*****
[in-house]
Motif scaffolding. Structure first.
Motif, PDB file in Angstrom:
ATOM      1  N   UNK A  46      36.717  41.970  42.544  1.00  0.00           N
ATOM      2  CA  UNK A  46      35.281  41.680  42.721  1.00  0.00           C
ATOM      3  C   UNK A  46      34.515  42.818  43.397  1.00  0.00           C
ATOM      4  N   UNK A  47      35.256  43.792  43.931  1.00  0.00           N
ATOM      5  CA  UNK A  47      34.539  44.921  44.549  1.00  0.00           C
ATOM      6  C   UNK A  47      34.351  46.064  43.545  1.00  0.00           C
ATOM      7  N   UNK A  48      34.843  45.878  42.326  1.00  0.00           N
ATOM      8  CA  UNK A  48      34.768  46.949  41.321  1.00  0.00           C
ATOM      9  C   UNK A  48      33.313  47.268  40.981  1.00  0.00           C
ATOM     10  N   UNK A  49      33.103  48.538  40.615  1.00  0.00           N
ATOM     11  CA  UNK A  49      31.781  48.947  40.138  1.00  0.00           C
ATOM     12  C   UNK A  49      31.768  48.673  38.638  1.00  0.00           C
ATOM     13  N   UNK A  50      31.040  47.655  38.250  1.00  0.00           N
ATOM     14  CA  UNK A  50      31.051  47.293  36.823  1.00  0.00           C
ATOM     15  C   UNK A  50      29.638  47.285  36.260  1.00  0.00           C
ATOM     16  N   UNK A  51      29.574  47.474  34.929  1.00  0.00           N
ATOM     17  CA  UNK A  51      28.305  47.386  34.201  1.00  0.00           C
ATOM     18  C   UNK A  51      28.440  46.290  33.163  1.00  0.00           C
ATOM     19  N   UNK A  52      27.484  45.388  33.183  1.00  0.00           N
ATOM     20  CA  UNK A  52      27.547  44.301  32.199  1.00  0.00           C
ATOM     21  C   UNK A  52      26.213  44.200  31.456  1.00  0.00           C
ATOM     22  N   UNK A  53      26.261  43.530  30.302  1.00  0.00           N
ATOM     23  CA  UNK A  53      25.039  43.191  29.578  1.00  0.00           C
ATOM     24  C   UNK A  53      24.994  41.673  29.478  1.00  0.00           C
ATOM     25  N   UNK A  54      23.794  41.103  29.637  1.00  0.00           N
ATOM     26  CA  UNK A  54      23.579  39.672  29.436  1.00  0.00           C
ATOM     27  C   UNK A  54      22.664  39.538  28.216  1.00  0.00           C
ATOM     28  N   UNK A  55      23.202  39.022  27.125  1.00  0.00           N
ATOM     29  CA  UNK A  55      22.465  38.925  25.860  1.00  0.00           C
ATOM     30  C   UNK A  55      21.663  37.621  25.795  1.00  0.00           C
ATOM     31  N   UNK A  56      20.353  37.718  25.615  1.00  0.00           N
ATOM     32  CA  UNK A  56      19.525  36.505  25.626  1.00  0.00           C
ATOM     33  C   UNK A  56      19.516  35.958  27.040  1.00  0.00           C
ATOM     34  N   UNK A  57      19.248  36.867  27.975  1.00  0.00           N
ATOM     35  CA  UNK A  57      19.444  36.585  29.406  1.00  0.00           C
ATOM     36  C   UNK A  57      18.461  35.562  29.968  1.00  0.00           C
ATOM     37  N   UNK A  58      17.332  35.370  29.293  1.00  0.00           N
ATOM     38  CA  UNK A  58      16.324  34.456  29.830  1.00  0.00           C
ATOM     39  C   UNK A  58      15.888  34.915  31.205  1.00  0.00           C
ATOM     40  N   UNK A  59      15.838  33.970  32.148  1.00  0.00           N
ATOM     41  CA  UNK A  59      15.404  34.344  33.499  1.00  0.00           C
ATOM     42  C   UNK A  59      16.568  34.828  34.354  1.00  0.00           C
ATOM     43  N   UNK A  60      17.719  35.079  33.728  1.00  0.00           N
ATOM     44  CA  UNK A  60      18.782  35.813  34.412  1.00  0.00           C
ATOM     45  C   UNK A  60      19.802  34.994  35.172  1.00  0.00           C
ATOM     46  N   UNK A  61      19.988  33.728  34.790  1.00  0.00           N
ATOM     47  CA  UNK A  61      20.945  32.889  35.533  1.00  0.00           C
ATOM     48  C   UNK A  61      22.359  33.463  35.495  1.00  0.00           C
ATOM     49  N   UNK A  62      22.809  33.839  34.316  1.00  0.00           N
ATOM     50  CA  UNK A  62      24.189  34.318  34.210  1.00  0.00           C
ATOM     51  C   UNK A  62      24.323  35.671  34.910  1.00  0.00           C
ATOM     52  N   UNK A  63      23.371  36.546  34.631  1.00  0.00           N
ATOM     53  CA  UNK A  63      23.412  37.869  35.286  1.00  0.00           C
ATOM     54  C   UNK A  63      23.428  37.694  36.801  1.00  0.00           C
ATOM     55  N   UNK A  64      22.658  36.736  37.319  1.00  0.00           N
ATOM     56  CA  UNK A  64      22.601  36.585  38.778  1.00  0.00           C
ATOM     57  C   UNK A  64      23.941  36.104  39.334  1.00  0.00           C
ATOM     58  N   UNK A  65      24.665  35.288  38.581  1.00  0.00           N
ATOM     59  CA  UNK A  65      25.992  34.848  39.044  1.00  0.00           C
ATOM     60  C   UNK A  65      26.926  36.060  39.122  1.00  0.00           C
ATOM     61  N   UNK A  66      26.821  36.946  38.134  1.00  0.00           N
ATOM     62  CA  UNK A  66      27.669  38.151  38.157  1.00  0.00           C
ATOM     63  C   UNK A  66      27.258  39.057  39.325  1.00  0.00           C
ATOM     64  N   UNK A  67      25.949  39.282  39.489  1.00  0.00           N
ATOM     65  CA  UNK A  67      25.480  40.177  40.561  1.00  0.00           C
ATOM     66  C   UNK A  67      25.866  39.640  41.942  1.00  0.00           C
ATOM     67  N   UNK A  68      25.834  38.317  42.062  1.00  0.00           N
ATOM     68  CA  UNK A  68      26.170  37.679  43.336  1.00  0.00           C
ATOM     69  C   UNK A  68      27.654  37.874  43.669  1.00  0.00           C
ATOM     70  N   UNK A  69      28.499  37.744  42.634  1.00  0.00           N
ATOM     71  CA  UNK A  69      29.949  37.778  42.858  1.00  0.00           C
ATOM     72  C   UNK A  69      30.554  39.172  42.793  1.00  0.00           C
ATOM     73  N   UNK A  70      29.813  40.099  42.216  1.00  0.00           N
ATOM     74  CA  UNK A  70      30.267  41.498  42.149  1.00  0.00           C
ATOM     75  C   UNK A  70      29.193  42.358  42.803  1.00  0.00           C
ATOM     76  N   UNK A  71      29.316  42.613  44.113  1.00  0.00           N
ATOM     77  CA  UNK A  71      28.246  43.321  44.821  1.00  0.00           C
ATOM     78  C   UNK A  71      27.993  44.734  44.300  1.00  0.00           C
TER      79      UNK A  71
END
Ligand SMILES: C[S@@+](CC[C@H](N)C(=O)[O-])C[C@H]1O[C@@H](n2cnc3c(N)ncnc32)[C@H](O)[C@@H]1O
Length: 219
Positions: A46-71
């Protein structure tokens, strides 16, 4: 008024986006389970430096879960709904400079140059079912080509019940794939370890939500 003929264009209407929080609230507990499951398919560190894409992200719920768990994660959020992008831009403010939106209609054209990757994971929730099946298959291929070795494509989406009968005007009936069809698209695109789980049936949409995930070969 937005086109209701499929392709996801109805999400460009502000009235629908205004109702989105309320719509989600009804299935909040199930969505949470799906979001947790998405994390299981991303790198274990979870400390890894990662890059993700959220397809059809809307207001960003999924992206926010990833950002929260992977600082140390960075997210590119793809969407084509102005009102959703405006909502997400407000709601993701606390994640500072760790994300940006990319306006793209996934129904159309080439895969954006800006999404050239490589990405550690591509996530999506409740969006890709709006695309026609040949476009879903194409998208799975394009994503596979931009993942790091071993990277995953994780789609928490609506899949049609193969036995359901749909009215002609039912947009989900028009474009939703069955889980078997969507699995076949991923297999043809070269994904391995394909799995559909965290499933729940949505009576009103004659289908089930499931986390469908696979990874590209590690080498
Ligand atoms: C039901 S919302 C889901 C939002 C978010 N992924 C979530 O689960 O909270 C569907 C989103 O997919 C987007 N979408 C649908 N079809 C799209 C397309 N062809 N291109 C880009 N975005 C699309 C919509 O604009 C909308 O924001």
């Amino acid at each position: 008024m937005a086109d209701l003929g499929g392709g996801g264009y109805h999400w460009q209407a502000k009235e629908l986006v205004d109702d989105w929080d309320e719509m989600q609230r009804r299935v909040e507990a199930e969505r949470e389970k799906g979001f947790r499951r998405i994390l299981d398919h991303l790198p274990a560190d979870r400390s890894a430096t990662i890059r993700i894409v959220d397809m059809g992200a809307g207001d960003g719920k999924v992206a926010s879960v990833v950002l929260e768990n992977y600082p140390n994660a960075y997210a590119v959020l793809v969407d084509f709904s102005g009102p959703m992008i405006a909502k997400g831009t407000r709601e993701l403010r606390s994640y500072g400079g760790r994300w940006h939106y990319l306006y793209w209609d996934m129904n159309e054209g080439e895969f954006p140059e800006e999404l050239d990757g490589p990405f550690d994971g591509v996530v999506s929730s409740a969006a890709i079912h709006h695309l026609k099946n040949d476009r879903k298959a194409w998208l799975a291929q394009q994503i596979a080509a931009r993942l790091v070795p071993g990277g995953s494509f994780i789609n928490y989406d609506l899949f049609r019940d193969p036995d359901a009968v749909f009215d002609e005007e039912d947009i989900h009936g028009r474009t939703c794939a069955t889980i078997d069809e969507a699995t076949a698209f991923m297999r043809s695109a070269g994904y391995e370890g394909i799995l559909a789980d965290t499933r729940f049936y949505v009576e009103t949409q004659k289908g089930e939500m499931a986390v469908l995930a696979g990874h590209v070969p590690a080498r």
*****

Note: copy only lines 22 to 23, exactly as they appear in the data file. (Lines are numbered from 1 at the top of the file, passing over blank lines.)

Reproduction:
ATOM     19  N   UNK A  52      27.484  45.388  33.183  1.00  0.00           N
ATOM     20  CA  UNK A  52      27.547  44.301  32.199  1.00  0.00           C